which reduces to

    B

    CS

    BF Rz d A

    B d Q

    where Q is ACSvz. Rearranging and integrating the left side of the above equation gives

    B

    BF

    R

    B d

    Q

    V

    V/Q is space time; its inverse, Q/V is space velocity. Since the publication of Hougen and Watsons classic volume Chemical Process Principles: Kinetics and Catalysis in 1947, the parameter used for scaling fixed-bed processes, catalytic and non-catalytic, has been space velocity.3 Space velocity is defined as process volumetric flow rate divided by the volume of solid material through which the process fluid flows. Thus, its units are

    s

    1

    m

    sm

    3

    3

    3 O. Hougen and K. Watson, Chemical Process Principles: Kinetics and Catalysis, John Wiley and Sons, Inc, New York, NY, 1947.

  • 4

    Space velocity has the same dimensionality as a first-order reaction rate constant. This equivalence between a physical inverse time and a chemical inverse time is generally made when scaling a fixed-bed process. However, these two inverse times are only equivalent when the process is reaction rate limited and the reaction mechanism is first-order. These two inverse times are not equivalent if the process is diffusion rate limited.

    To evaluate BR , we must develop a simplified mechanism for butene

    isomerization. Figure 1 presents such a mechanism. It shows a schematic of olefin isomerization by a porous solid catalyst. When a fluid flows over a solid surface, a boundary layer forms along that surface. This boundary layer forms a stagnant film. Little or no convective mass transport occurs in this stagnant film. Thus, mass transport from the bulk fluid to the solid surface occurs via molecular diffusion.

    The reactant concentration at the bulk fluid/stagnant film boundary is the concentration of reactant in the feed. Movement of reactant from the bulk fluid/stagnant film boundary to the catalyst surface occurs by molecular diffusion, which is generally modeled as a linear concentration difference. That difference is BBF BSF, where BSF is the concentration of reactant at the surface of the catalyst and CBF is the concentration of reactant in the bulk fluid, both in mol/m3. Reactant must then diffuse from the surface of the catalyst along pores to the catalytic sites inside the porous solid. Movement of reactant in the pore is also by molecular diffusion, which is modeled as a linear concentration difference. Catalytic sites occur along the length of the pore, thus reactant concentration in a pore is a function of pore length. In other words, reactant concentration decreases along the length of the pore.

    Reactant concentration at a given catalyst site is BAS (mol/m3). Thus, the

    concentration difference to that point in the pore is BSF BAS. Equilibrium may be established at the catalytic site; reactant concentration at equilibrium is BEQ (mol/m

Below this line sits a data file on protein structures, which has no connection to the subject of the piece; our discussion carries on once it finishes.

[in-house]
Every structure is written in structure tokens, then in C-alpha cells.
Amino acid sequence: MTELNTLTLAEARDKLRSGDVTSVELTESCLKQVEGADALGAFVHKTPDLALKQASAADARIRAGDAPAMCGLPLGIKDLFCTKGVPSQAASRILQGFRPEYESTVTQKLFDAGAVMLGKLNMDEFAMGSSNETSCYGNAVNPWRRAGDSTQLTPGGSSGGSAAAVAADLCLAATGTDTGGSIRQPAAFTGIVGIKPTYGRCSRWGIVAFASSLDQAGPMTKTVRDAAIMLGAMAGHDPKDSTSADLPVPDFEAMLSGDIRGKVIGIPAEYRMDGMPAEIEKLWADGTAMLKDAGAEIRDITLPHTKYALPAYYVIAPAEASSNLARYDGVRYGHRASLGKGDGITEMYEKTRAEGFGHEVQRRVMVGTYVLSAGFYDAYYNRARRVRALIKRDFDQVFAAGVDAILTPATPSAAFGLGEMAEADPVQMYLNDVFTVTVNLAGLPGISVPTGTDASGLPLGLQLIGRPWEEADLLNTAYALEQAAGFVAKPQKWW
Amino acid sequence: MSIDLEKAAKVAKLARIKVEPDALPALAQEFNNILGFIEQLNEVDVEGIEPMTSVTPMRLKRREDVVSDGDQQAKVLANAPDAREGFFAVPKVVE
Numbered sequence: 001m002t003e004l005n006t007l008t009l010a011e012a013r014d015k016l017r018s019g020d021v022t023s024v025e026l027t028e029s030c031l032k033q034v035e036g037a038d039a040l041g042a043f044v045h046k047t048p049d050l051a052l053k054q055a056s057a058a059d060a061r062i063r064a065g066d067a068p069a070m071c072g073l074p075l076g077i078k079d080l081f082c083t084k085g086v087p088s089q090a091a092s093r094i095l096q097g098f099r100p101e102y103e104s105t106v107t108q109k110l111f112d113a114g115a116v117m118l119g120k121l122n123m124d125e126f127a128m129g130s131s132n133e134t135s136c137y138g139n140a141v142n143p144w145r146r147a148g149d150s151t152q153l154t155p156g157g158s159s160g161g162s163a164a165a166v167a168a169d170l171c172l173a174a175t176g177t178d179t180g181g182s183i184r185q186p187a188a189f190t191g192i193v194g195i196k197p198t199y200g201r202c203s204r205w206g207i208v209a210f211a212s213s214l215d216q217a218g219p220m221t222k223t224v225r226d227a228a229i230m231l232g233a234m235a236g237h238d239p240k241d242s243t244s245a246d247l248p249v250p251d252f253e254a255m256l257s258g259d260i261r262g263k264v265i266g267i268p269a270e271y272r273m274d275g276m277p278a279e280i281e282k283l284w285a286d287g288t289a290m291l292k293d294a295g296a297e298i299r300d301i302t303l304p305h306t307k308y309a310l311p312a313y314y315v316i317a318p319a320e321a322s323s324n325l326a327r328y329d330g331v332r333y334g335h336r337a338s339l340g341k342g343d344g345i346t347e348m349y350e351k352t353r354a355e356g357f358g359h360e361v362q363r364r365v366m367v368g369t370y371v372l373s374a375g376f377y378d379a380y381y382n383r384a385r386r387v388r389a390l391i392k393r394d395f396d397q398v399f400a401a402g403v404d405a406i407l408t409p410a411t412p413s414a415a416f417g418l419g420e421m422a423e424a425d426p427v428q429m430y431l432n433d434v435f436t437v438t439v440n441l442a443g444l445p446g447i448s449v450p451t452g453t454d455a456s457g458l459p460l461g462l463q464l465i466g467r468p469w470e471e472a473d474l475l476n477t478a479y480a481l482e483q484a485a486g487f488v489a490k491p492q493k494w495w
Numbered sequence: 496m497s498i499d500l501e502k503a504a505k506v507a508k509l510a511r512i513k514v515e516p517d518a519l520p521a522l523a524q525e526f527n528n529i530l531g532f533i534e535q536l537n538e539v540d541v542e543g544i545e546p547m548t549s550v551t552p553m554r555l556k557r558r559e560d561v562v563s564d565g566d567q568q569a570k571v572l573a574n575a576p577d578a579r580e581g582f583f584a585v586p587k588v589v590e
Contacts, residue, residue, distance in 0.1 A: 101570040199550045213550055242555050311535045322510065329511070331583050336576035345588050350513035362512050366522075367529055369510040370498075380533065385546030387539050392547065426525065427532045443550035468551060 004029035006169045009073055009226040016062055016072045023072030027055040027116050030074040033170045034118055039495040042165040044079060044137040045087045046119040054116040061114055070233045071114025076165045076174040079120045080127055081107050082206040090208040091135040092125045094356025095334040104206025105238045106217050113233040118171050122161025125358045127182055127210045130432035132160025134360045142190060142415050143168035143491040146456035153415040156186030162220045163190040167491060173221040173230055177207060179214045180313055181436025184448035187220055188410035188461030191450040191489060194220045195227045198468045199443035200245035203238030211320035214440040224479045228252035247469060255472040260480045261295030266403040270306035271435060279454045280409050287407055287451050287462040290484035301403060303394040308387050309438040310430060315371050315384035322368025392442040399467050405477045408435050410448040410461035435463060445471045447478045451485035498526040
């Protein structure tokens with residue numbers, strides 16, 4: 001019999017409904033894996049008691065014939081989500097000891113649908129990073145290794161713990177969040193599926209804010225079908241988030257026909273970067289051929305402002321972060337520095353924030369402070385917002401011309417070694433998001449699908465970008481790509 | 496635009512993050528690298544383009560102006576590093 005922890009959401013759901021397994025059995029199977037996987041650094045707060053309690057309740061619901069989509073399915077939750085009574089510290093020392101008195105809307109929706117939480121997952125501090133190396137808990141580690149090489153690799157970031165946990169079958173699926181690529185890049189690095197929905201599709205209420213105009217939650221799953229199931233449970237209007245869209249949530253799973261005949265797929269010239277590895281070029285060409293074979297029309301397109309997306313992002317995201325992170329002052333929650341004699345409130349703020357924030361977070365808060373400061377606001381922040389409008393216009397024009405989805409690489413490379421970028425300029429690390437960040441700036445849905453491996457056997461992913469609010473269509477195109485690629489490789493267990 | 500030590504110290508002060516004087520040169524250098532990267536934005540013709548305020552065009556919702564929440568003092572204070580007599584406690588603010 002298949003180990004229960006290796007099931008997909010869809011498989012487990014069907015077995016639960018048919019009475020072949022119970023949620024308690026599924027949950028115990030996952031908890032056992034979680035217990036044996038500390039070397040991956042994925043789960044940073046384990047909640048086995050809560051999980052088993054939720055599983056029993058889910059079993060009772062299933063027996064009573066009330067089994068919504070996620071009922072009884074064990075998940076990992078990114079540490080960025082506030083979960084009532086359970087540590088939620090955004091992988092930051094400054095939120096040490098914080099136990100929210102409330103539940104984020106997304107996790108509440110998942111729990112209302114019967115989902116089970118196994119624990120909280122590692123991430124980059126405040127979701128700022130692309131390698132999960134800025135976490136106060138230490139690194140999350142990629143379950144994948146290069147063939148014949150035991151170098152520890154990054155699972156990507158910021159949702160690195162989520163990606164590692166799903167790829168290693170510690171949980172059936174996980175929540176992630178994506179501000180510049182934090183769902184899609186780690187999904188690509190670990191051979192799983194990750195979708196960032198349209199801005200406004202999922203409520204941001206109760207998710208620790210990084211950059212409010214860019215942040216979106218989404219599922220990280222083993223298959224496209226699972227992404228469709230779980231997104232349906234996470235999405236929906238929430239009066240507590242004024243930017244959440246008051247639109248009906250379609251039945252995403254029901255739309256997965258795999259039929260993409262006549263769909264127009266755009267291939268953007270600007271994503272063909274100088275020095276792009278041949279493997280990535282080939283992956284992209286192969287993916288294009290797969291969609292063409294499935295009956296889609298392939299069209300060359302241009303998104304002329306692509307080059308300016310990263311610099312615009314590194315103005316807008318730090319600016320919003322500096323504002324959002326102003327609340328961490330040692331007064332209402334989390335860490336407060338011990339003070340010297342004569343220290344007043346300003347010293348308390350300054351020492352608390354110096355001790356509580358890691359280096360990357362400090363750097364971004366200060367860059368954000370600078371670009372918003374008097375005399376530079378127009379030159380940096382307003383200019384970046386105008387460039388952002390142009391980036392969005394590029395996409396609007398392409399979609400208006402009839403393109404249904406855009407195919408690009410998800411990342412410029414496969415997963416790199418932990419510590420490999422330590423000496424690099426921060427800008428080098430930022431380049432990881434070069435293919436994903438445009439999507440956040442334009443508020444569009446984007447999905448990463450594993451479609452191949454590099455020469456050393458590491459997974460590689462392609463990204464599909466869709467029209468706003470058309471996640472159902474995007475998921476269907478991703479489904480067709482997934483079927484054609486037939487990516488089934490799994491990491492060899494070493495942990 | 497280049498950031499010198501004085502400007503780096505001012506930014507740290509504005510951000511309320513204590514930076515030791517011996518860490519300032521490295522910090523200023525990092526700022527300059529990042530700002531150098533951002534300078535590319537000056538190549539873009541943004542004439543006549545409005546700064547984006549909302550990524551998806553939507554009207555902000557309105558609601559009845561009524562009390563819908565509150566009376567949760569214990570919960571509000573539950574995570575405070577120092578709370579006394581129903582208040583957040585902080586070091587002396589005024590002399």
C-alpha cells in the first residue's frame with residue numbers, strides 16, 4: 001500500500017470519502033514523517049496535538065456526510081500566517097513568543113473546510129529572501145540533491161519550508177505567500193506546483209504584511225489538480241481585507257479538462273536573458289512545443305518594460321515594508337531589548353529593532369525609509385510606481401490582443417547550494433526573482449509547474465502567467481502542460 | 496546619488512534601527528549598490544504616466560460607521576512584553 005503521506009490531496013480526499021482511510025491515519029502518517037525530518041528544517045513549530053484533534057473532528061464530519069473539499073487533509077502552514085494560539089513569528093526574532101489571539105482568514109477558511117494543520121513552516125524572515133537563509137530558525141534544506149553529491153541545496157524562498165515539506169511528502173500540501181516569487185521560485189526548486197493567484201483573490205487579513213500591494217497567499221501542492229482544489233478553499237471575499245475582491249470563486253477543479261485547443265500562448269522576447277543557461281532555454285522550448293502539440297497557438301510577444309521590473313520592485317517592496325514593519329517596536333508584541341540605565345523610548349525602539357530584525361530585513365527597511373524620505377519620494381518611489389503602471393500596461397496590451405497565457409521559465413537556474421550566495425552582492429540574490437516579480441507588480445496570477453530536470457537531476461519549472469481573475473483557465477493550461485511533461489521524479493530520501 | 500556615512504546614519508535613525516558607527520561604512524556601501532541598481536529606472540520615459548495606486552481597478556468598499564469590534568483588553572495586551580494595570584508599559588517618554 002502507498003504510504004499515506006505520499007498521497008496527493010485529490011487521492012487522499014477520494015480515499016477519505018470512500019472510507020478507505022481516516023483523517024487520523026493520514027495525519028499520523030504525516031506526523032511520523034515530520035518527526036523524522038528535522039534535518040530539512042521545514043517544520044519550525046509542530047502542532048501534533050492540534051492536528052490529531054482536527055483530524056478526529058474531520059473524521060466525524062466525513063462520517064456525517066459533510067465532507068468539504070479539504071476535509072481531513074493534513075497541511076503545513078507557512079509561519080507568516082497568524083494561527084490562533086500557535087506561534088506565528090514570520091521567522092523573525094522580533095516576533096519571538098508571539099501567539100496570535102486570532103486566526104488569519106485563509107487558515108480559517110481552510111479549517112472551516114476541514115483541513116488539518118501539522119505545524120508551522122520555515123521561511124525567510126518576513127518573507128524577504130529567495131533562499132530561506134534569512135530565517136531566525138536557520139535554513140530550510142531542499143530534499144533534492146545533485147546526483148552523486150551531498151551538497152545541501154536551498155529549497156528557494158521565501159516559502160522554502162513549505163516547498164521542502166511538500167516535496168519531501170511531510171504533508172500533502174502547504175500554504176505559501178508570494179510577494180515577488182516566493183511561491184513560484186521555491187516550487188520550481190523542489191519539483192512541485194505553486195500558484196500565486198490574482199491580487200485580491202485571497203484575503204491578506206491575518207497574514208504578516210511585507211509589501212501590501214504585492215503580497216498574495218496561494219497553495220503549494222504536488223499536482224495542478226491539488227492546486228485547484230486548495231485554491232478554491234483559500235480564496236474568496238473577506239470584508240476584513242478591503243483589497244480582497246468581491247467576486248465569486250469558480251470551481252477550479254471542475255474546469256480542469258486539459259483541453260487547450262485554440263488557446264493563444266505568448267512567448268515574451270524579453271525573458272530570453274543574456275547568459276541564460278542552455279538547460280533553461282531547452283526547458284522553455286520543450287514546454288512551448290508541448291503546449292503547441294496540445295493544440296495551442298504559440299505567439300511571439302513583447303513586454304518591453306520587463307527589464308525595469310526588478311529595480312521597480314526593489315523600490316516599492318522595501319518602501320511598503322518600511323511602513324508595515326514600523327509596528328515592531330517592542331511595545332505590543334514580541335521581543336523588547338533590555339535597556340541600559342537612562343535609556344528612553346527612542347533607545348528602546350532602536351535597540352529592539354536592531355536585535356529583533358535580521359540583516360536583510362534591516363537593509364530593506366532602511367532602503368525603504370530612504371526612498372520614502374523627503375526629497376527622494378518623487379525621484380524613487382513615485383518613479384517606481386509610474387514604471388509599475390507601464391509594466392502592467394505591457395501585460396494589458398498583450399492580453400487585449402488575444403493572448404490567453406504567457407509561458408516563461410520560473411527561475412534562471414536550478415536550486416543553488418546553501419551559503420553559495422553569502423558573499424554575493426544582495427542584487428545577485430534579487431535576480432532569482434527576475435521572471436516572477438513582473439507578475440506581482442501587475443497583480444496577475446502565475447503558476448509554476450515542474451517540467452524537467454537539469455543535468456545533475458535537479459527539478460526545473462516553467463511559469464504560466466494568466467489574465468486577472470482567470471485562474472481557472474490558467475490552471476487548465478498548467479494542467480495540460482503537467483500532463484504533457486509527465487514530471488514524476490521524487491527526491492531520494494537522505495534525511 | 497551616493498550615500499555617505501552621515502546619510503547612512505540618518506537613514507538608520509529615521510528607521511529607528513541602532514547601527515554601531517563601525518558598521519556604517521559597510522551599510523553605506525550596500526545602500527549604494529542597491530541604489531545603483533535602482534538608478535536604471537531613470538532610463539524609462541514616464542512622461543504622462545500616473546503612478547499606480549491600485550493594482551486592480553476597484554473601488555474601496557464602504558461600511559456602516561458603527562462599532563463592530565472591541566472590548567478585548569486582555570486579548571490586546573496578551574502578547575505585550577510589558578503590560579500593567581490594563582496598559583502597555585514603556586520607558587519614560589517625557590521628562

3). For 1-butene isomerization, the mole ratio of 2-butene to 1-butene is 75:25, respectively.

    Olefin isomerization follows a first-order reaction mechanism with respect to olefin. Thus, for our case, reactant conversion rate is given as

    EQASRxnRxn BBkr Equation 1

    where rRxn is the reaction rate for olefin isomerization at the catalytic site (mol/m

    3*s); kRxn

    is the reaction rate constant (1/s). The rate of reactant movement along the pore is

    ASSFP

    PPDPD BBv

    akr

    Equation 2 where rPD is the molar rate at which olefin moves along the pores (mol/m

    3*s); kPD is the

    velocity at which olefin moves along the pores (m/s); aP is the cross sectional area of

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    the pore (m2); and, vP is the average catalyst pore volume (m3). The units of

    P

    PPD v

    ak

    are m3/m3*s. The rate of reactant movement through the stagnant film surrounding the catalyst

    pellet is

    SFBFSFSF BBVSkr Equation 3

    where rSF is the molar rate at which olefin moves along the pores (mol/m

    3*s); kSF is the

    velocity at which olefin moves through the stagnant film (m/s); S is the exterior surface area of the catalyst pellet (m2), and V is the volume of the catalyst pellet (m3). The units

    of V

    SkSF are m3/m3*s.

    The only reactant concentrations known with any accuracy are BBF and BEQ. Thus, the mathematical expression for the rate of reactant conversion must be in terms of BBF and BEQ. Solving Equation 1 for BAS yields

    ASEQ

    Rxn

    Rxn BBk

    r

    Solving Equation 2 for BSF gives

    SFAS

    P

    PPD

    PD BB

    va

    k

    r

    Substituting for BAS gives

    SFEQ

    Rxn

    Rxn

    P

    PPD

    PD CCk

    r

    va

    k

    r

    Solving Equation 3 for BBF yields

    BFSFSFSF BB

    VSk

    r

    then substituting for BSF provides us with

    BFEQSFSF

    P

    PPD

    PDs

    Rxn

    Rxn BB

    VSk

    r

    va

    k

    r

    k

    r

  • 6

    Rearranging the above equation gives reactant conversion rate in terms of BBF and BEQ. Thus

    EQBFSFSF

    P

    PPD

    PDs

    Rxn

    Rxn BB

    VSk

    r

    va

    k

    r

    k

    r

    Assuming rRxn = rPD = rSF = r, then rearranging the above equation, yields conversion in terms of BBF and BEQ

    EQBFSFP

    PPD

    Rxn

    BB

    VSk

    1

    va

    k

    1

    k

    1r

    or

    EQBF

    SF

    P

    PPD

    Rxn

    BB

    VSk

    1

    va

    k

    1

    k

    1

    1r

    The overall process rate constant kOverall (1/s) is, by definition

    VSk

    1

    va

    k

    1

    k

    1

    1k

    SF

    P

    PPD

    Rxn

    overalll

    Inverting kOverall yields

    V

    Sk

    1

    va

    k

    1

    k

    1

    k

    1

    SF

    P

    PPD

    RxnOverall

    Equation 4

    Equation 4 has the same mathematical form as a series of resistors in an electrical circuit. Thus, the overall resistance to olefin isomerization; i.e., 1-butene to 2-butene formation, is represented by 1/kOverall. The portion of the overall resistance

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    attributed to the chemical reaction rate is 1/kRxn. Pore diffusion resistance and film